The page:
Research - Validation Studies
Reliability of isometric trunk moment measurements in healthy persons over 50 years of age.
Year: 2014 Country: Austria Study Population: 42/44 (>50 years old/<50 years old)
Kienbacher T, Paul B, Habenicht R, Starek C, Wolf M, Kollmitzer J et al. Reliability of isometric trunk moment measurements in healthy persons over 50 years of age. Journal of Rehabilitation Medicine 2014;46(3):241-249.
To investigate the reliability of isometric trunk muscle strength measures in healthy people over 50 years and to compare these findings to those of younger patients (<50 years). The aim was also to test whether subjects’ anticipatory emotions and motivation correlate with the precision of the maximum isometric trunk muscle measurements.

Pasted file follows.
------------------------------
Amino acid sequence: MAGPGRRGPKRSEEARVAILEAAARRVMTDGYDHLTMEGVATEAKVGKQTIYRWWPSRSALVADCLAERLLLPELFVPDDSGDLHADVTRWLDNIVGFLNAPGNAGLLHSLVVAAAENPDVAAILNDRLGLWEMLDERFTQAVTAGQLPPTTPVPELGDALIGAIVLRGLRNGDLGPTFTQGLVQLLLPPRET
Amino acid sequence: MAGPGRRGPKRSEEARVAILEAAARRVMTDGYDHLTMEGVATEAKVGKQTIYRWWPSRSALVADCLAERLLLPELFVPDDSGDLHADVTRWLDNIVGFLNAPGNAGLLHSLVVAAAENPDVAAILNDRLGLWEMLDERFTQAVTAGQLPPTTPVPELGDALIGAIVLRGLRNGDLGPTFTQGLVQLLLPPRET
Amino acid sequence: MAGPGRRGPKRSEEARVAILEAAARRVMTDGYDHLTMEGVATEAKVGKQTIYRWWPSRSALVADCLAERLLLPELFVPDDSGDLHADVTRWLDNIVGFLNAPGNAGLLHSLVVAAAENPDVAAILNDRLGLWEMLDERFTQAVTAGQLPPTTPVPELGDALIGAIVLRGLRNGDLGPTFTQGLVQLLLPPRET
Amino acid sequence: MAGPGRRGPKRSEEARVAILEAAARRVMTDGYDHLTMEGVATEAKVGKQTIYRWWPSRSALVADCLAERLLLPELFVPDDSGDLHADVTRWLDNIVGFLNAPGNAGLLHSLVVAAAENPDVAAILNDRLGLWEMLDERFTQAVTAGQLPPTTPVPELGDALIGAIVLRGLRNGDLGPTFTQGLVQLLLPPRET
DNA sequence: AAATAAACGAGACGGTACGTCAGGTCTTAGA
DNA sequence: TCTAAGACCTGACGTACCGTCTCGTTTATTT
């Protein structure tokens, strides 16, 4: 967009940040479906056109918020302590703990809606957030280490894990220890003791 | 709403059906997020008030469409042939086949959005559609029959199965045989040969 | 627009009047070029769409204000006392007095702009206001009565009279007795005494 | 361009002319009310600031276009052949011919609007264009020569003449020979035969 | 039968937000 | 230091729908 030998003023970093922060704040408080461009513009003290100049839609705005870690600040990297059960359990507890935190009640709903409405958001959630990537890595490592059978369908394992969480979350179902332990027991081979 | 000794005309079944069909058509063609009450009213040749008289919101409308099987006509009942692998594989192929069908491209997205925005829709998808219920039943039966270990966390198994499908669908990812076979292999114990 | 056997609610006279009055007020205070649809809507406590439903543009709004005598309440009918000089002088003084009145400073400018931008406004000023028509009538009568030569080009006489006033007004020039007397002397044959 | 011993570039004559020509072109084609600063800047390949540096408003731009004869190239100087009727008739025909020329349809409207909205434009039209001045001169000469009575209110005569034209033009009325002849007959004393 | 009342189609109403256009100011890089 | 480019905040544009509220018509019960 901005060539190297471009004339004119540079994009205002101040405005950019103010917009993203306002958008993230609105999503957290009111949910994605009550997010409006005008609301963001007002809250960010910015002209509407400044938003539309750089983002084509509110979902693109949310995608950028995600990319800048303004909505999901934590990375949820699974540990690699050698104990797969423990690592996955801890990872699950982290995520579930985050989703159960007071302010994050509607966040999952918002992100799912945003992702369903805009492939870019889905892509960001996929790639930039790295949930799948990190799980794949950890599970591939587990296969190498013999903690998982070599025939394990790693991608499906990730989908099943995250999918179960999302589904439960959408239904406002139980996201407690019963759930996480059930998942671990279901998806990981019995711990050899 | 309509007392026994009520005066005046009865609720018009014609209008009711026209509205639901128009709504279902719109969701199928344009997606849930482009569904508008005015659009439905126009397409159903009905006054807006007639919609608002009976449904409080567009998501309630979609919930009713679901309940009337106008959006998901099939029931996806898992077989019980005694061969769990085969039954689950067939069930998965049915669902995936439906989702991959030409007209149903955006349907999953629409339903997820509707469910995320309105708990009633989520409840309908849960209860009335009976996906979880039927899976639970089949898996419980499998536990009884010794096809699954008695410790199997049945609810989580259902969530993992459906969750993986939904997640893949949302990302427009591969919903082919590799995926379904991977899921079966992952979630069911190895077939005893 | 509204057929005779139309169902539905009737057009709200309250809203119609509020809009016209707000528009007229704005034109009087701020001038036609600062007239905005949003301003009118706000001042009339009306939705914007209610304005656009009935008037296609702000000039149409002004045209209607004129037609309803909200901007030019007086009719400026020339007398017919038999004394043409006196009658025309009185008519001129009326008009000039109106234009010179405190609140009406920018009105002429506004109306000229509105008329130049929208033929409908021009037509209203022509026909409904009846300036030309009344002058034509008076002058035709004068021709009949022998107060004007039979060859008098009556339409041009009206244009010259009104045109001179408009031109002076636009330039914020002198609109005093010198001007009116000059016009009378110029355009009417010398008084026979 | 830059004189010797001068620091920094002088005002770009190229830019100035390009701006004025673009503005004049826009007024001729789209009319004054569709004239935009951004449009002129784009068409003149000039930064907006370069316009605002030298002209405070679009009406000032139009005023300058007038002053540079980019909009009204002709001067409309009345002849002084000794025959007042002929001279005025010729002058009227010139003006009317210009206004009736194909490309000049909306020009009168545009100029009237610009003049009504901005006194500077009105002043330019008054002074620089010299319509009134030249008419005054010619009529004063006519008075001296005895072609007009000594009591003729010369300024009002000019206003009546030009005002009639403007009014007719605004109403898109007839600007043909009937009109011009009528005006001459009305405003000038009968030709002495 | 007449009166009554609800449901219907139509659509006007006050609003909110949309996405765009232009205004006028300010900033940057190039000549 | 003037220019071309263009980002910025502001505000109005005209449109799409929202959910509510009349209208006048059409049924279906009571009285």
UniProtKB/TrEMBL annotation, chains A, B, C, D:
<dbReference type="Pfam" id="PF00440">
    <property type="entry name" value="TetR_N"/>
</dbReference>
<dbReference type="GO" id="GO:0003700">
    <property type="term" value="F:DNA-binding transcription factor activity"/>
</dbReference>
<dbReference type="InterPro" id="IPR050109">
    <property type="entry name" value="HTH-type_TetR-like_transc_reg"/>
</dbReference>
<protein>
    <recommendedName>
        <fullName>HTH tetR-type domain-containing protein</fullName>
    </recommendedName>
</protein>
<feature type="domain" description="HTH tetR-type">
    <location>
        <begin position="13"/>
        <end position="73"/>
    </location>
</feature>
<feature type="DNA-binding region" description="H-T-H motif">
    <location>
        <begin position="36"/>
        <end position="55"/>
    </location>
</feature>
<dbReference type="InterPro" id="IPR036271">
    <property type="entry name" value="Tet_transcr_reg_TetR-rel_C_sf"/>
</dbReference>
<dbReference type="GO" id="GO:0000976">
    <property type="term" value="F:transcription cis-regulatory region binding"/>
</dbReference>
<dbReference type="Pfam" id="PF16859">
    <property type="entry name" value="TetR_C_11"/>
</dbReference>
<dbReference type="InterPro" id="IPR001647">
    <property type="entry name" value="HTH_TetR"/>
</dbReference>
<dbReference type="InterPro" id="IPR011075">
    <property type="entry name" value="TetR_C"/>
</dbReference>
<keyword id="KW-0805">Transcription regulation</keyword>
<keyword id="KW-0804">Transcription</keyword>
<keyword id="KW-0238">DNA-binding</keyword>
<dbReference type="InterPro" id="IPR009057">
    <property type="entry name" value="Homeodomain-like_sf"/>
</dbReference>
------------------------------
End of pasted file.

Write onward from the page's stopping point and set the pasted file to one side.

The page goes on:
Maximum isometric strength test in extension (110), flexion (130) and rotation (120). Test was repeated after 1–2 days (short-term) and at 6 weeks (long-term).
Retest-reliability was evaluated for age- and gender-specific subgroups, with assessment of intraclass correlation coefficient (ICC2,1), standard error of measurement, smallest real difference, and smallest real difference, in percent.
Group >50 years: smallest real difference (%) values varied up to 33% and were similar to those obtained from participants <50. Precision of the trunk rotation tests was lower than that of trunk flexion or extension. Retest agreement exceeded 0.75 (ICC2,1) for all tests, with no relevant differences observed between gender- and age-specific subgroups. Neither participants’ motivation nor their anticipatory emotions correlated with the individual coefficients of variation of the trunk muscle moment measures.